The following long P6 pulse is phase modulated with the first phase reversal. albeit with modification.net Page 4 / 7 .html-to-pdf. and the existing airbound transponders. Standard SSR Monopulse SSR Replies per scan Range accuracy Bearing accuracy Height resolution Garble resistance Data capacity (uplink) 20–30 230 m rms 0. Mode S A more detailed description of Mode S is given in the Eurocontrol publication Principles of Mode S and Interrogator Codes and the ICAO circular 174-AN/110 Secondary Surveillance Radar Mode S Advisory Circular. This was followed at a conference at ICAO Headquarters in Montreal. The 16 million permutations of the 24 bit aircraft address codes have been allocated in blocks to individual states and the assignment is given in ICAO Annex 10. Volume III. To produce the sum beam the signal is distributed horizontally across the antenna aperture. A five-foot vertical dimension was found to be optimum and this has become the international standard. The only thing needed was an international name. Mode S reply pulses are deliberately designed to be similar to mode A and C replies so the same receiver can be used to provide improved bearing measurement for the SSR mode A and C system with the advantage that the interrogation rate can be substantially reduced thereby reducing the interference caused to other users of the system.  The approach can be taken further by also measuring the strength of each reply pulse and using that as a discriminate as well. It undoubtedly resulted in the delay of Mode S.3 km; 5.8 mi) MSSR resolved many of the system problems of SSR. The angle of arrival of the signal can be determined by measuring the ratio of the signals between the sum and difference beams. monopulse SSR (MSSR) and Mode S. a system known as monopulse.04° rms 25 ft (7. which described the new system. as changes to the ground system only. or boresight. Chapter 9. A mode S interrogation comprises two 0. were required. A signal arriving exactly normal. The best way of showing that this was an evolution not a revolution was to still call it SSR but with a new mode letter. after 1. Monopulse secondary surveillance radar  Comparison of the vertical beam shapes of the old and new antennas The new Mode S system was intended to operate with just a single reply from an aircraft.08° rms 100 ft (30 m) poor 0 4–8 13 m rms 0. The accompanying diagram shows a conventional main or "sum" beam of an SSR antenna to which has been added a "difference" beam. again with modification.04° rms 100 ft good 0 23 bits 4.280 bits 56–1. This feed system is divided into two equal halves and the two parts summed again to produce the original sum beam. However the two halves are also subtracted to produce a difference output. but accuracy can be improved by averaging measurements made on several or all of the pulses received in a reply from an aircraft.25 µs. Mode S was the obvious choice. Lincoln Laboratory exploited the availability of a separate bearing measurement on each reply pulse to overcome some of the problems of garble whereby two replies overlap making associating the pulses with the two replies.096 The MSSR replaced most of the existing SSRs by the 1990s and its accuracy provided for a reduction of separation minima in en-route ATC from 10 nautical miles (19 km; 12 mi) to 5 nautical miles (9. The answer was to shape the vertical beam.280 bits 16 million Mode S Data capacity (downlink) 23 bits Identity permutations 4. with the S standing for select. Improved antenna  The problem with the existing standard "hogtrough" antenna was caused by the energy radiated toward the ground. In 1983 ICAO issued an advisory circular. Much had been made of the proposed new features but the existing ground SSR interrogators would still be used. Bearing measurements can be made on a single pulse. Since each pulse is separately labelled with direction this information can be used to unscramble two overlapping mode A or C relies. synchronising the Mode S interrogation. at which a low-power interrogation constructed by Lincoln Laboratory successfully communicated with an upgraded commercial SSR transponder of UK manufacture. The process is presented in ATC-65 "The ATCRBS Mode of DABS". short and long  Generated with www. The ambiguity about boresight can be resolved as there is a 180° phase change in the difference signal either side of boresight.6 m) best 56–1. A monopulse Antenna main beam with difference beam receiver was developed early in the UK Adsel programme and this design is still used widely today. Away from boresight the signal in the sum beam will be less but there will be a non-zero signal in the difference beam. to the antenna will produce a maximum output in the sum beam but a zero signal in the difference beam.8 µs wide pulses.096 1 7 m rms 0. The following table compares the performance of conventional SSR. hence monopulse. The existing transponders installed in aircraft were unaffected. which was reflected up and interfered with the upwards directed energy. which are interpreted by a mode A & C transponder as coming from an antenna sidelobe and therefore a reply is not required. This necessitated a vertical array of dipoles suitably fed to produce the desired shape.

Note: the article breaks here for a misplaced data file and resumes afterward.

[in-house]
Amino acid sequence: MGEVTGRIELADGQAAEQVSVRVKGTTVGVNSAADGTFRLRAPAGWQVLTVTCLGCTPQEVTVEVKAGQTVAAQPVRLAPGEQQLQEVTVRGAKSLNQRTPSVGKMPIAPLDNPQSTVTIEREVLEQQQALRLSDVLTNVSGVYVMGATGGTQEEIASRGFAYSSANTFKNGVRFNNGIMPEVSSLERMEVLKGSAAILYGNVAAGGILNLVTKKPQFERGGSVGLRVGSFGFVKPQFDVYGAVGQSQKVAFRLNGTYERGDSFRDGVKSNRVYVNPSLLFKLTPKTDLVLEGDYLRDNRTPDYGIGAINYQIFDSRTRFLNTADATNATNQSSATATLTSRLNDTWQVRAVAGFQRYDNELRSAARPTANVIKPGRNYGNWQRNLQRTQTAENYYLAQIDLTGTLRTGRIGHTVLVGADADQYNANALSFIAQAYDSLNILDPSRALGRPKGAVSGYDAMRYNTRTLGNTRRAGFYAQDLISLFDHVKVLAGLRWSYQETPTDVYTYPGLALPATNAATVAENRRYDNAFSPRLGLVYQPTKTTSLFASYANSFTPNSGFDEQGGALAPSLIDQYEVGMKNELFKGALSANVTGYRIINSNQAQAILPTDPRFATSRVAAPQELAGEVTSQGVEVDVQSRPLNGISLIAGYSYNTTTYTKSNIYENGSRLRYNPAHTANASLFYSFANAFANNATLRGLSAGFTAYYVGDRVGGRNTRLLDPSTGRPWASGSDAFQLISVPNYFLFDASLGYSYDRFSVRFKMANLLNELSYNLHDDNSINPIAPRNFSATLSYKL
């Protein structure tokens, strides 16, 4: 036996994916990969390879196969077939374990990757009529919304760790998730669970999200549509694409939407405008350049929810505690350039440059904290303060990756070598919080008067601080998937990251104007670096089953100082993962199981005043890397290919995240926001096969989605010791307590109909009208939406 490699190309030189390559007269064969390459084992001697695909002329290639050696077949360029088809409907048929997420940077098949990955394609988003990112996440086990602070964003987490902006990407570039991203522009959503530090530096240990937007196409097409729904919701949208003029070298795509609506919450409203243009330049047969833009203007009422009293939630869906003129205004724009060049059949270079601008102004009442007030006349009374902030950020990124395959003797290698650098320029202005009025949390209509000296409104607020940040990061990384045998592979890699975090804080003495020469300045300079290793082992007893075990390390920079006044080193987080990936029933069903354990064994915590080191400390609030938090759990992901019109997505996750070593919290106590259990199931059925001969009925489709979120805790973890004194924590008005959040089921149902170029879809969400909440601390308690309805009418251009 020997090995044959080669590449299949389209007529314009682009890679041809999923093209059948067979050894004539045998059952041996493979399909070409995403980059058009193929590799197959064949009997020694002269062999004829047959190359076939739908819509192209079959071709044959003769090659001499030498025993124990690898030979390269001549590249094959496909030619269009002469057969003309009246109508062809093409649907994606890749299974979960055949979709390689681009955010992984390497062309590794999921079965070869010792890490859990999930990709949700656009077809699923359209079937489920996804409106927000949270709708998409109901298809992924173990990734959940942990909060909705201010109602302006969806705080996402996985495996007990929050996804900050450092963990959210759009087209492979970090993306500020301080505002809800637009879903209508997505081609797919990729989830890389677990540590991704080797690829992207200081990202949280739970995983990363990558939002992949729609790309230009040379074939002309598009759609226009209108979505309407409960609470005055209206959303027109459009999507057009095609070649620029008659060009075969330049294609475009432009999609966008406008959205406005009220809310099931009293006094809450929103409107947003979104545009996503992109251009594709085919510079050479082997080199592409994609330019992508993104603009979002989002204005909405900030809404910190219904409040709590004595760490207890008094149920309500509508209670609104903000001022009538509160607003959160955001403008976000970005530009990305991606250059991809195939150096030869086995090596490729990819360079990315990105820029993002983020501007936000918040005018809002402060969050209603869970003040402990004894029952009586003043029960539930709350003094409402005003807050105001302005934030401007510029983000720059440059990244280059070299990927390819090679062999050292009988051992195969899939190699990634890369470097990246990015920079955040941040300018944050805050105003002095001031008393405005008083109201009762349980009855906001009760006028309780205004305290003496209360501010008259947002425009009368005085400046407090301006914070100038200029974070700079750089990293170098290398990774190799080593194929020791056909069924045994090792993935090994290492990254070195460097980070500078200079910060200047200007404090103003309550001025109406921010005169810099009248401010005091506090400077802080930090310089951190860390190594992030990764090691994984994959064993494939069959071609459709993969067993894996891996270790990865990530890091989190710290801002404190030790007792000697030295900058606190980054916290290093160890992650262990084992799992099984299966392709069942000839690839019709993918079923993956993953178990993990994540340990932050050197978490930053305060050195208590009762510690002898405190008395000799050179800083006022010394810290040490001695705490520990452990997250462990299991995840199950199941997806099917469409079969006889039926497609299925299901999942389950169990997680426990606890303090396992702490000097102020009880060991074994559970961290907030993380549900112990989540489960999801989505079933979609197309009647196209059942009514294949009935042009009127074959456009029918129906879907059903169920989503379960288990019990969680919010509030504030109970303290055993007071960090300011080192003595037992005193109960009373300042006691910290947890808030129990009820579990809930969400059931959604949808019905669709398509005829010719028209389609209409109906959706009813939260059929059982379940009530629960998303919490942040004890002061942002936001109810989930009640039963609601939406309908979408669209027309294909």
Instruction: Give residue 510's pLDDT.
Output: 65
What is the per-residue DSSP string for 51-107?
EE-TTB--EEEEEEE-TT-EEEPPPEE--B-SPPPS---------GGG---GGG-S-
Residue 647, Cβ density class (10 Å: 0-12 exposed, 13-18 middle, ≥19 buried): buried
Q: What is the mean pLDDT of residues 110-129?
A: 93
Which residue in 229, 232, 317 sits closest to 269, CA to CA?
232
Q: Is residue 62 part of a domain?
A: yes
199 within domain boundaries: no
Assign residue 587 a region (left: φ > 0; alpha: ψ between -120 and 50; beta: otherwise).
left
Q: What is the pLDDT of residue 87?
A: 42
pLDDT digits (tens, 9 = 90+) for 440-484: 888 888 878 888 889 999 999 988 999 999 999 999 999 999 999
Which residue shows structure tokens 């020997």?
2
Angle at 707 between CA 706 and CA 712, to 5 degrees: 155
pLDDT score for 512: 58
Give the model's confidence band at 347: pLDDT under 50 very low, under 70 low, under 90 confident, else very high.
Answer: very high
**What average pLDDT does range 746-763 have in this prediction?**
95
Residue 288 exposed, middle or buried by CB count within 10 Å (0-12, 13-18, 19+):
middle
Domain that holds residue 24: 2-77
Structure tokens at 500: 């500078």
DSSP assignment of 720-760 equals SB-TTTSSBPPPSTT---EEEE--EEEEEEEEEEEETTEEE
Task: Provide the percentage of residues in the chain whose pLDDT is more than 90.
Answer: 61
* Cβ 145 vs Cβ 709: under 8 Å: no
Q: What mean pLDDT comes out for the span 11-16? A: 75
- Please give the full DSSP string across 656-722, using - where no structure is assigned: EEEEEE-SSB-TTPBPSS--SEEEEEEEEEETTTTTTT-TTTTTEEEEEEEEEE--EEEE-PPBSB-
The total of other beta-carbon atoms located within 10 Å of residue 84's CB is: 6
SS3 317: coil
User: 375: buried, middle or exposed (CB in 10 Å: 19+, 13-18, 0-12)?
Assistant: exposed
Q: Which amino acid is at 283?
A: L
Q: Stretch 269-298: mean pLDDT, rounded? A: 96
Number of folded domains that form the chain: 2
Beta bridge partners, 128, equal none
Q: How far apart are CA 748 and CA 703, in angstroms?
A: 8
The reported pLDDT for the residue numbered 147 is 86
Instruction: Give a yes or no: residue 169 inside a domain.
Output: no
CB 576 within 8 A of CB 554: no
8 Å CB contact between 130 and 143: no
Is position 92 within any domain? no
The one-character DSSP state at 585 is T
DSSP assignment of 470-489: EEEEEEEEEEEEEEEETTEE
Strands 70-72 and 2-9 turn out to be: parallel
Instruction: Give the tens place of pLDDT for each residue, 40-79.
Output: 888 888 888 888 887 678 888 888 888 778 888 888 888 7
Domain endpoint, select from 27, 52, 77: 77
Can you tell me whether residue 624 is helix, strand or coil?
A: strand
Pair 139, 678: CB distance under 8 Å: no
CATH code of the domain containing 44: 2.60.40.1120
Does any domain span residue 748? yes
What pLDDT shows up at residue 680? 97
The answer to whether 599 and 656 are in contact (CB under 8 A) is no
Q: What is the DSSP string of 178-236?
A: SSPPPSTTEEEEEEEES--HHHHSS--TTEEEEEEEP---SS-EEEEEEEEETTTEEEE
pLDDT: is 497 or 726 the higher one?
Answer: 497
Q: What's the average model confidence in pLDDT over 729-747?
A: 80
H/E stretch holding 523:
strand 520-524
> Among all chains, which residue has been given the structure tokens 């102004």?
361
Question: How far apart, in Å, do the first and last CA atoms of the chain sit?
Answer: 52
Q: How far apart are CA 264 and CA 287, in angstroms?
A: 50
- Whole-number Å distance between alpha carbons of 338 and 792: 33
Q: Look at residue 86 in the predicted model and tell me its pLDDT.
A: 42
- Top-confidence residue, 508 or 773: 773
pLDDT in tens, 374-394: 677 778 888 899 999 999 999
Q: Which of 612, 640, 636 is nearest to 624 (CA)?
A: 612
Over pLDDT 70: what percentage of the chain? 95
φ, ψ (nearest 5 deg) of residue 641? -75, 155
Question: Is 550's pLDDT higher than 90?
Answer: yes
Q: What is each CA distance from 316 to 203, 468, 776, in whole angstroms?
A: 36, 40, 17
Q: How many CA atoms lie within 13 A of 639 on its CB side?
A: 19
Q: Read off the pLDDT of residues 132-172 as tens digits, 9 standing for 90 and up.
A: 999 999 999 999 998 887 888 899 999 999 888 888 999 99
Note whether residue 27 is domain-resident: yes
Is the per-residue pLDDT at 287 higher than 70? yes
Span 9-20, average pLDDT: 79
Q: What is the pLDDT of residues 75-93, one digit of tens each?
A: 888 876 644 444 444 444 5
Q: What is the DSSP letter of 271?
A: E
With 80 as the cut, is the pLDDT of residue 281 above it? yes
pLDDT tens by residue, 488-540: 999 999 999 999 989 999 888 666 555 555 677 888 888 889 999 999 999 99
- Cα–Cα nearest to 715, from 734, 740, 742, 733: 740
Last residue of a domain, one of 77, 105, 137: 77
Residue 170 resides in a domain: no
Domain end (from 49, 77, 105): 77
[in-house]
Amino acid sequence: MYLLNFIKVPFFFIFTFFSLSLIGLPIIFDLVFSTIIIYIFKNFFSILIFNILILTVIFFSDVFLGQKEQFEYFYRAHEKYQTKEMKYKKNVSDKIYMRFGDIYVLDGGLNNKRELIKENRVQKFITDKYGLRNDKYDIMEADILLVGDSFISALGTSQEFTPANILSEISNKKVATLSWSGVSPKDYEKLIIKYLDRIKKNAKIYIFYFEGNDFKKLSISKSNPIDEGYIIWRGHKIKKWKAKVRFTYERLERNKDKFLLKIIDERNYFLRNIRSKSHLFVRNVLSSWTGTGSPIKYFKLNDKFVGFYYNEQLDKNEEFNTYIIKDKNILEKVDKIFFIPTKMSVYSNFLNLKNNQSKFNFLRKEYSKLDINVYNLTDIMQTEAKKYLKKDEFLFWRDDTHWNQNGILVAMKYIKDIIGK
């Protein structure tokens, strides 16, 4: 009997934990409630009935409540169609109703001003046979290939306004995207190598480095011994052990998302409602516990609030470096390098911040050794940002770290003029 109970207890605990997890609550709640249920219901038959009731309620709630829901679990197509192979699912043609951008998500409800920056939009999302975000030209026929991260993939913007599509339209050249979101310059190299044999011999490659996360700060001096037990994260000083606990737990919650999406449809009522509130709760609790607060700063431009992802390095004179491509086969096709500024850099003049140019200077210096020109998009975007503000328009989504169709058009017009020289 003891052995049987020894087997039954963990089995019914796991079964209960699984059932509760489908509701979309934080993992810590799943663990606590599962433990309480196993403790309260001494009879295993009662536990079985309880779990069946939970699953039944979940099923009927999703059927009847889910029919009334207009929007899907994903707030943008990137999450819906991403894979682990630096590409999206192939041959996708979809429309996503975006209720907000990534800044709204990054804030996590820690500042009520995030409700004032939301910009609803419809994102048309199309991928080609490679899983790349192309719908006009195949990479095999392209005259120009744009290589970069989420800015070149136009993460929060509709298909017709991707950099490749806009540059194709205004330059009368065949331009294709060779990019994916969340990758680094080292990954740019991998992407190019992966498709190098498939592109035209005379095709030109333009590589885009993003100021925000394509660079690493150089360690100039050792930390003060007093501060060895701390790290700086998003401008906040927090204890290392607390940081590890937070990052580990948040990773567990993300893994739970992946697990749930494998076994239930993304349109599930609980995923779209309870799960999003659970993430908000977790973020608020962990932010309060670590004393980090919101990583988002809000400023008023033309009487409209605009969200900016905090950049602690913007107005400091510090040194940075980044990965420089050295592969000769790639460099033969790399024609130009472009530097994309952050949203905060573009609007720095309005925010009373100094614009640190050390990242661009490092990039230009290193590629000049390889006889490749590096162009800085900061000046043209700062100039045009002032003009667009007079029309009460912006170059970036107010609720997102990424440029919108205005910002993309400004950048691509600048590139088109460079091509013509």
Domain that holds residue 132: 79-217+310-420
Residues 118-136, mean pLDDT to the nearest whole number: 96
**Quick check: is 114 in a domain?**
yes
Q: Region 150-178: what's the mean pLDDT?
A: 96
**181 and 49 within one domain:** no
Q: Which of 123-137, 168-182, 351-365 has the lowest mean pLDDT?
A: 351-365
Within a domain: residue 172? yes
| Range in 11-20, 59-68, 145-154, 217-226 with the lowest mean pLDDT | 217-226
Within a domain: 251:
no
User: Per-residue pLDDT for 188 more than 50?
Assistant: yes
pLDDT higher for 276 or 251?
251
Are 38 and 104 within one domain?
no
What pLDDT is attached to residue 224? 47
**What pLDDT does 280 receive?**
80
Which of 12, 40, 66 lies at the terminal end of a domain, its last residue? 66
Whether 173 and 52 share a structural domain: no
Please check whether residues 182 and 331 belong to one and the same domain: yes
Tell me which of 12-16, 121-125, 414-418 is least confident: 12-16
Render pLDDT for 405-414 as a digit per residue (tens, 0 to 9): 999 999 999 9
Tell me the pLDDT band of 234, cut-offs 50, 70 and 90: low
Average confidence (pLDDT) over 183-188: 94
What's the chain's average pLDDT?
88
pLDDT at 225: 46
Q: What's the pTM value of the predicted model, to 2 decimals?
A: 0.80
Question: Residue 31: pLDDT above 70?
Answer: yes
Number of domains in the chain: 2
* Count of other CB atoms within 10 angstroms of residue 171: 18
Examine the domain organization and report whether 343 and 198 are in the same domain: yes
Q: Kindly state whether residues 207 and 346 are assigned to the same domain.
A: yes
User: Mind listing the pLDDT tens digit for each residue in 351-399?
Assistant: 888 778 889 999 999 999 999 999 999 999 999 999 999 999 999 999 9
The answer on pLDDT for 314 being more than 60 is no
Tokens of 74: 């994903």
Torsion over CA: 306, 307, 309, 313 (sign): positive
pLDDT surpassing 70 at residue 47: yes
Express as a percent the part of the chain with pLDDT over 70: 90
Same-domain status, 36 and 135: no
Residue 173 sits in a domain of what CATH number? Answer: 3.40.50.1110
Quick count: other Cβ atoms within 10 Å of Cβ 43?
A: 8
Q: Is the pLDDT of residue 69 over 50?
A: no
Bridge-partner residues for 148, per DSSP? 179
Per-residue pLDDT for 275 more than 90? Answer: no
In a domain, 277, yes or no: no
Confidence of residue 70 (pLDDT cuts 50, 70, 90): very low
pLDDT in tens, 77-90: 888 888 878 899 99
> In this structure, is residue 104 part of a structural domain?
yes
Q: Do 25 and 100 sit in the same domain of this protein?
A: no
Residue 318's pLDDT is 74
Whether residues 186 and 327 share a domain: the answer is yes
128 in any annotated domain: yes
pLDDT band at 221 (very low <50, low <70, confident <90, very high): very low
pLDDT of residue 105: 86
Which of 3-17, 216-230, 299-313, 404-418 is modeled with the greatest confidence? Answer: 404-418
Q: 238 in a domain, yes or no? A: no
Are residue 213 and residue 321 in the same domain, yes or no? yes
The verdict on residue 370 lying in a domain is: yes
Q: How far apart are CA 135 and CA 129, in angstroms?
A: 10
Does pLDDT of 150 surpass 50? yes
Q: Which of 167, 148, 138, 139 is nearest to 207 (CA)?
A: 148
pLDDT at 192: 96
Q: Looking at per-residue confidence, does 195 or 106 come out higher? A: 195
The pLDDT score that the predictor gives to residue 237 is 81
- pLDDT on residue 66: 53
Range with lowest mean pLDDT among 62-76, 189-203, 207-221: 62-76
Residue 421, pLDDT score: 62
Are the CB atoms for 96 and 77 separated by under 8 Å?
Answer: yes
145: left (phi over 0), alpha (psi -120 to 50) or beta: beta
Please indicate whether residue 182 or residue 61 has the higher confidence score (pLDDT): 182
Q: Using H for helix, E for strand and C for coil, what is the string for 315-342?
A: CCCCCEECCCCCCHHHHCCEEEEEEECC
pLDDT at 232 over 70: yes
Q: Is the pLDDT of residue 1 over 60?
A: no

This can include an indication of the interrogator transmitting the All-Call with the request that if the aircraft has already replied to this interrogator then do not reply again as aircraft is already known and a reply unnecessary. The Mode S interrogation can take three forms: name form use Mode A/C/S All-Call interrogation Surveillance short position update Comm-A Comm-C long contains 56 data bits long up to 16 long interrogations strung together to transmit up to 1280 bits The first five bits. The remaining pulses contain data using pulse position amplitude modulation. This format is very resistant to error due to a garbling reply from another aircraft. Mode S operates on the principle that interrogations are directed to a specific aircraft using that aircraft's unique address. or the reply has been corrupted by interference by being garbled by another reply. The final 24 bits contain both the parity and address of the aircraft.125 µs.net Page 5 / 7 . In either case it will not reply. The parity system has the power to correct errors as long as they do not exceed 24 µs. known as the uplink field (UF) in the data block indicate the type of interrogation. Generated with www. The ground station tracks the aircraft and uses the predicted position to indicate the range and bearing of the aircraft so it can interrogate again and get an update of its position. which embraces the duration of a mode A or C reply. A test is made by inverting the state of some or all of these bits (a 0 changed to a 1 or vice versa) and if the parity check now succeeds the changes are made permanent and the reply accepted. This form of All-Call interrogation is now not much used as it will continue to obtain replies from aircraft already known and give rise to unnecessary interference. If it is expecting a reply and if it receives one then it checks the remainder from the parity check against the address of the expected aircraft. The pulses in the reply have individual monopulse angle measurements available. The final 24 bits in each case is combined aircraft address and parity. In order to interrogate an aircraft its address must be known. and instead respond with a short Mode S reply containing its 24 bit address. with no phase reversal indicating a bit of value 0. This results in a single reply with aircraft range determined by the time taken to receive the reply and monopulse providing an accurate bearing measurement. However a Mode S transponder will abort this procedure upon the detection of pulse P4. If it fails then a re-interrogation is required.transponder's phase detector. In one form. known as the downlink field (DF) in the data block indicate the type of reply. the Mode A/C/S All-Call looks like a conventional Mode A or C interrogation at first and a transponder will start the reply process on receipt of pulse P3. This form of modulation provides some resistance to corruption by a chance overlapping pulse from another ground interrogator. P6 = 30. and in some implementations also signal strength measurements. If the remainder is not the address of the aircraft then either the interrogation was not intended for it or it was corrupted. mainly used to obtain a position update. In effect the data is transmitted twice. Eleven permutations have been allocated. Mode S reply.html-to-pdf. On receiving an interrogation.25 µs. which are in two forms. To cause a hard error one pulse has to be cancelled and a second pulse inserted in the other half of the bit period. Not all permutations have yet been allocated but those that have are shown: UF application 00000 short air-air surveillance (TCAS) 00100 surveillance. altitude request 00101 surveillance. The alternative form of All-Call uses short Mode S interrogation a with a 16. Subsequent phase reversals indicate a data bit of 1. If a 0. the second time in inverted form. an aircraft will decode the data and calculate the parity. short and long The aircraft reply consists of a preamble of four pulses spaced so that they cannot be erroneously formed from overlapping mode A or C replies. The reply also has parity and address in the final 24 bits. if an additional 56 data bits are included. the most expected source of interference in the early days of Mode S. The interrogation may be short with P6 = 16. If it is not the same then either it is the wrong aircraft and a re-interrogation is necessary. thereby indicating possible corruption. or long. To meet this requirement the ground interrogator also broadcasts All-Call interrogations. The final 24 bits in each case is combined aircraft address and parity. Mode A identity request} 01011 Mode S only All-Call 10000 long air-air surveillance (TCAS) 10100 Comm-A including altitude request 10101 Comm-A including Mode A identity request 11 Comm-C (extended length message) Similarly the Mode S reply can take three forms: name form use Surveillance short position update Comm-B Comm-D long contains 56 data bits long up to 16 long interrogations strung together to transmit up to 1280 bits The first five bits.125 µs data block. If it is the other way round then it represents a binary 0. which can indicate bits that are inconsistent with the majority of the other bits.5 µs pulse occupies the first half and there is no pulse in the second half then a binary 1 is indicated. If the ground station was expecting a reply and did not receive one then it will re-interrogate. Each 1 µs interval is divided into two parts. Much more likely is that both halves are confused and the decoded bit is flagged as "low confidence".